Class::MOP::Attribute remain unchanged.

    Want to see additional options? Ask, or better yet, fork on GitHub and
    send a pull request.

    For the following, "$name" should be read as the attribute name; and the
    various prefixes should be read using the defaults.

  is => 'rwp'
    Specifying "is => 'rwp'" will cause the following options to be set:

        is     => 'ro'
        writer => "_set_$name"

  is => 'lazy'
    Specifying "is => 'lazy'" will cause the following options to be set:

        is       => 'ro'
        builder  => "_build_$name"
        lazy     => 1

    NOTE: Since 0.009 we no longer set "init_arg => undef" if no "init_arg"
    is explicitly provided. This is a change made in parallel with Moo,
    based on a large number of people surprised that lazy also made one's
    "init_def" undefined.

  is => 'lazy', default => ...
    Specifying "is => 'lazy'" and a default will cause the following options
    to be set:

        is       => 'ro'
        lazy     => 1
        default  => ... # as provided

    That is, if you specify "is => 'lazy'" and also provide a "default",
    then we won't try to set a builder, as well.

  builder => 1
    Specifying "builder => 1" will cause the following options to be set:

        builder => "_build_$name"

  clearer => 1
    Specifying "clearer => 1" will cause the following options to be set:

        clearer => "clear_$name"

    or, if your attribute name begins with an underscore:

        clearer => "_clear$name"

    (that is, an attribute named "_foo" would get "_clear_foo")

  predicate => 1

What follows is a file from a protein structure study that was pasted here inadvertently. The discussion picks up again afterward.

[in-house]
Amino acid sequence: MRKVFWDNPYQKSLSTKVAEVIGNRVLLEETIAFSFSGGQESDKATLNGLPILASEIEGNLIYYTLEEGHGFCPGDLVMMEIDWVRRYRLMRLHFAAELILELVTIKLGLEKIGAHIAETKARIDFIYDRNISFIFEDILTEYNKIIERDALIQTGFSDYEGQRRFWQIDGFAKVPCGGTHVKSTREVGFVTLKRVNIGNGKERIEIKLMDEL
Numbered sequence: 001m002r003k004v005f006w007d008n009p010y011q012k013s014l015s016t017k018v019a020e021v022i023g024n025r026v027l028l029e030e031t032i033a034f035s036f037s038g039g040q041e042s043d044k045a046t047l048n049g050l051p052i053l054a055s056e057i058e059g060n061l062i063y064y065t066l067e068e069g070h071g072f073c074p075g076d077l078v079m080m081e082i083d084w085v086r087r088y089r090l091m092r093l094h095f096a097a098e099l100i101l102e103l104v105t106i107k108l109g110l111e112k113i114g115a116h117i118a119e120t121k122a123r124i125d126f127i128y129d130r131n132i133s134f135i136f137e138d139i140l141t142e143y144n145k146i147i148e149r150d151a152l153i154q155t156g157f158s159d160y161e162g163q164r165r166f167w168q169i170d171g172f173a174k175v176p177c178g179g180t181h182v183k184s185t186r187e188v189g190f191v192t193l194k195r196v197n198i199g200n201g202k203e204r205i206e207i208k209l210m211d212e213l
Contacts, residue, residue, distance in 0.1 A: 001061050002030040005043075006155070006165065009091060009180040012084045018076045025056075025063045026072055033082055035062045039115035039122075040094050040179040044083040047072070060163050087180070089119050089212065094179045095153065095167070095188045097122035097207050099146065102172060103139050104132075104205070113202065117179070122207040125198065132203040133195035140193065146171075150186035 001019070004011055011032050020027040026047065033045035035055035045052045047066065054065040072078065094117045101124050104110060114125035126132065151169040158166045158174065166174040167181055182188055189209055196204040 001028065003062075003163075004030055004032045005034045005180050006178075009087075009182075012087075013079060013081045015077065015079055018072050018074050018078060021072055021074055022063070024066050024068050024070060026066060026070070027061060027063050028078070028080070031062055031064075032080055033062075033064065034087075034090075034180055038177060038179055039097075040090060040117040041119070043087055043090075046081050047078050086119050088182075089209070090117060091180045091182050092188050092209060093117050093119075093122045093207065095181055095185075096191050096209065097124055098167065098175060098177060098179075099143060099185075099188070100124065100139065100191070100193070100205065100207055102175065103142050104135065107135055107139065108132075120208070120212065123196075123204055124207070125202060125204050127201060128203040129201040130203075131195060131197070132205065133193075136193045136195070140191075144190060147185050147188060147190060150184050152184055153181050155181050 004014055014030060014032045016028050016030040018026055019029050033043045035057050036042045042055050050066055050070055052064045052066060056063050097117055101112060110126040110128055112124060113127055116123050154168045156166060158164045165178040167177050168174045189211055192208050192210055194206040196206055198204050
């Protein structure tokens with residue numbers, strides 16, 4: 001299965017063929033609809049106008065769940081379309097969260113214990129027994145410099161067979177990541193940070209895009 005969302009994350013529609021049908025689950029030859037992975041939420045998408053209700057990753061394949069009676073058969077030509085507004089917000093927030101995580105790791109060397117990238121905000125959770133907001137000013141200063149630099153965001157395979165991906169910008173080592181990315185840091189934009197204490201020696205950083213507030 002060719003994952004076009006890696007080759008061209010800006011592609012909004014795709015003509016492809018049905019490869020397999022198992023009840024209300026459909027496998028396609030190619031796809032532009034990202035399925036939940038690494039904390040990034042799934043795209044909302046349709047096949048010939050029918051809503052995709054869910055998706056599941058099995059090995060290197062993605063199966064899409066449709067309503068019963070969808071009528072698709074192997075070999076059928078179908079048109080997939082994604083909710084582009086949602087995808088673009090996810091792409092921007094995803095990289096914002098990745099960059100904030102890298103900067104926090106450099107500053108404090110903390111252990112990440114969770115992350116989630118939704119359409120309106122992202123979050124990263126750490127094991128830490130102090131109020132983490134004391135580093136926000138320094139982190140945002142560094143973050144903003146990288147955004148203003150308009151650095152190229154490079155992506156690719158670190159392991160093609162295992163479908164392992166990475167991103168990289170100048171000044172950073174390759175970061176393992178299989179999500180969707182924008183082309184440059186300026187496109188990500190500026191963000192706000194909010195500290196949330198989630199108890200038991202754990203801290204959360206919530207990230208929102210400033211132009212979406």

Specifying "predicate => 1" will cause the following options to be set:

        predicate => "has_$name"

    or, if your attribute name begins with an underscore:

        predicate => "_has$name"

    (that is, an attribute named "_foo" would get "_has_foo")

  trigger => 1
    Specifying "trigger => 1" will cause the attribute to be created with a
    trigger that calls a named method in the class with the options passed
    to the trigger. By default, the method name the trigger calls is the
    name of the attribute prefixed with "_trigger_".

    e.g., for an attribute named "foo" this would be equivalent to:

        trigger => sub { shift->_trigger_foo(@_) }

    For an attribute named "_foo":

        trigger => sub { shift->_trigger__foo(@_) }

    This naming scheme, in which the trigger is always private, is the same
    as the builder naming scheme (just with a different prefix).

    The development version is on github at
    <> and may be cloned
    from <git://>

    Please report any bugs or feature requests on the bugtracker website

    When submitting a bug or request, please include a test-file or a patch
    to an existing test-file that illustrates the bug or desired feature.

    Chris Weyl <>

    This software is Copyright (c) 2011 by Chris Weyl.

    This is free software, licensed under:

      The GNU Lesser General Public License, Version 2.1, February 1999